Bad breath tester method is used by professionals generally. Most of the times persons suffering from bad breath are the last ones to be aware of the problem.
One’s own nose filters out and ignores most background odors including our own. Some of the ways we can find out ourselves if we have bad breath is to ask someone close to us.
Another method is to lick the back of our hand, let it dry and smell the result. Home tests which test for the presence of sulfur compounds using a chemical reaction are also available.
Bad Breath Tester Halimeter
A bad breath tester called the Halimeter is used by professionals like dentists and by breath clinics to quantify various degrees of bad breath. These devices came into the market in 1991 and they measure the sulfides in a person’s breath. This device determines the concentration of sulfides which correlates to VSC’s or Volatile Sulfur Compounds in a persons breath.
The Halimeter need not be very accurate as any interference can give inaccurate readings. Certain foods like onion and garlic which remain in the bloodstream for a long time can be misinterpreted by the Halimeter as the readings will be of the temporary presence of hydrogen sulfide in the breath. The Halimeter does not specifically test for VSC’s. The alcohol in certain mouthwashes can also result in inaccurate readings as the Halimeter is sensitive to alcohol. Another device for testing for bad breath is a gas chromatograph. Though less accurate, the Halimeter is a more user friendly, portable device which is more cost effective than a gas chromatograph.
Other Bad Breath Tester Tools
Gas chromatography: This method is used by researchers in many scientific fields for testing and identifying a number of compounds. A gas chromatograph is complex equipment which requires specialized training and handling. Unlike a Halimeter a Gas chromatograph is not portable and the breath measurement process is very time consuming. Gas chromatographs take precise measurements of the concentrations of specific compounds in a person’s breath.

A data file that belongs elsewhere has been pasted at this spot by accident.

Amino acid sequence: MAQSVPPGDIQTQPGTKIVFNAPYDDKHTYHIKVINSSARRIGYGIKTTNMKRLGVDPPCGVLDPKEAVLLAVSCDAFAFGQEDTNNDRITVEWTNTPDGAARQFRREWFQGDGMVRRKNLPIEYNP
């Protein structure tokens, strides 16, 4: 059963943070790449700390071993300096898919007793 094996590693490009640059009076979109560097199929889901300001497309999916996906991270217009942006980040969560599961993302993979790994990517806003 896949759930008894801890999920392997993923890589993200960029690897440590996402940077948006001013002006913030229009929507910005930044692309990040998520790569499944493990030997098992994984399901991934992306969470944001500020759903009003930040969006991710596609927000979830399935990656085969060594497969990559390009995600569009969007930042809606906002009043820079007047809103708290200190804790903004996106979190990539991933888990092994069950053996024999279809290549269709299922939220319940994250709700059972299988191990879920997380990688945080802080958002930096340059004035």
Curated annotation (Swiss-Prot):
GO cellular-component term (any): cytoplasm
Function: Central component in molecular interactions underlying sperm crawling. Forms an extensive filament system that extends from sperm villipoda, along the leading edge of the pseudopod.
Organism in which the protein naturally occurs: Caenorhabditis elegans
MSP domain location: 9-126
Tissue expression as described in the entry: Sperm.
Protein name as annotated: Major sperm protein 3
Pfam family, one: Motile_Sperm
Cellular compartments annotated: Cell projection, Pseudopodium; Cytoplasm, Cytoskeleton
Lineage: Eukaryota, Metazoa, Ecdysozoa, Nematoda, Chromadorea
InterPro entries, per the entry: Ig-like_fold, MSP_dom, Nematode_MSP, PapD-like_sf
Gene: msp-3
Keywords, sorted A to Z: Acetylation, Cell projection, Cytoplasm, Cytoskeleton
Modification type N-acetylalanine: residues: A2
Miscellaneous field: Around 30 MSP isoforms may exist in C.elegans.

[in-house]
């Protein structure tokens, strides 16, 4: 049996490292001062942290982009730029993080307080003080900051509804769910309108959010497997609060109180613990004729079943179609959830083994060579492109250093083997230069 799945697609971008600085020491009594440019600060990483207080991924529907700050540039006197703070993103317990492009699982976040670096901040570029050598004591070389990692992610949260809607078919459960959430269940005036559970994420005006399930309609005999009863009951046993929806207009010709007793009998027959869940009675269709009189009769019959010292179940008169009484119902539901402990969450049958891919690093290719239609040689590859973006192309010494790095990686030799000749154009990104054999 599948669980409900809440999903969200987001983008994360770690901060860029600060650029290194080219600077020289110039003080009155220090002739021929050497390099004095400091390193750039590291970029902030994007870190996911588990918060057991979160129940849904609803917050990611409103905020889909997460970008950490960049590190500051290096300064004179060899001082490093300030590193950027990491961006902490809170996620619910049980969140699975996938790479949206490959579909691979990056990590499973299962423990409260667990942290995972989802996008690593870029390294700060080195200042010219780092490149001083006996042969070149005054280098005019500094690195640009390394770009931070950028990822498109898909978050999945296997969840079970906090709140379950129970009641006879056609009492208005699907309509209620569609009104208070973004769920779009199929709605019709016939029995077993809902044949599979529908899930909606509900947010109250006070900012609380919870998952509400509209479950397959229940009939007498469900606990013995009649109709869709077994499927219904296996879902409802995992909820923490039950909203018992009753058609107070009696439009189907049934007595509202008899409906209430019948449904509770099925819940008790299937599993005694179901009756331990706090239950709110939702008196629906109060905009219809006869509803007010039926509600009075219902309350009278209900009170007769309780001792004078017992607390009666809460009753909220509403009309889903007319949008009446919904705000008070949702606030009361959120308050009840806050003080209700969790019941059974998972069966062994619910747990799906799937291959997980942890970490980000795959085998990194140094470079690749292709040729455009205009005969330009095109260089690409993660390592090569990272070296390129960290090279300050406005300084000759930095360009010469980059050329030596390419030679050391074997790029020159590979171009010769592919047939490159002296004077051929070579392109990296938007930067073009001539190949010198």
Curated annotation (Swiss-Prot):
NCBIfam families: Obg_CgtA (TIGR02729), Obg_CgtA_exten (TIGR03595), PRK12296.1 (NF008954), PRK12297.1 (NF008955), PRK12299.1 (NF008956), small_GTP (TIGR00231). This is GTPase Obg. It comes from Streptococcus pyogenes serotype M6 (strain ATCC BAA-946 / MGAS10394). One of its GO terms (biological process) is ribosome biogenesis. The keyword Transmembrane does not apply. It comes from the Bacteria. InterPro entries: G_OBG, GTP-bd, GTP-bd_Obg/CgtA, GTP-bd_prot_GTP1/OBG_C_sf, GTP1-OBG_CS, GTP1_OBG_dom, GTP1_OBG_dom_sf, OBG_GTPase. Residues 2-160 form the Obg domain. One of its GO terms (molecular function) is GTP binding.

Other ways in which researchers in scientific fields test for bad breath are Organoleptic testing, The BANA test, using gas chromatography and using chemiluminescence.
Organoleptic testing: This method of testing is simply a scientific term for using one’s sense of smell to determine the degree of bad breath. This is not an objective method and vastly left to the judge’s various influencing factors such as health conditions, head position and concentration needed to make an accurate interpretation. The measurement is quantifying in terms of vague gauges of measurement like weak, medium or strong. The judge is also at the risk of getting desensitized to the smells towards the end of the testing.
The BANA test: The bacteria which cause periodontal diseases produce an enzyme that breaks down the compound BANA (benzoyl-D, L-arginine-naphthylamide). When a sample of patient’s saliva is placed with the compound it degrades the compound and changes its color indicating the presence of the odor causing bacteria.
Chemiluminescence testing: This method of testing is more sensitive to the presence of low levels of sulfur compounds compared to the Halimeter. This involves mixing a sample containing sulfur compounds with a mercury compound resulting in fluorescence.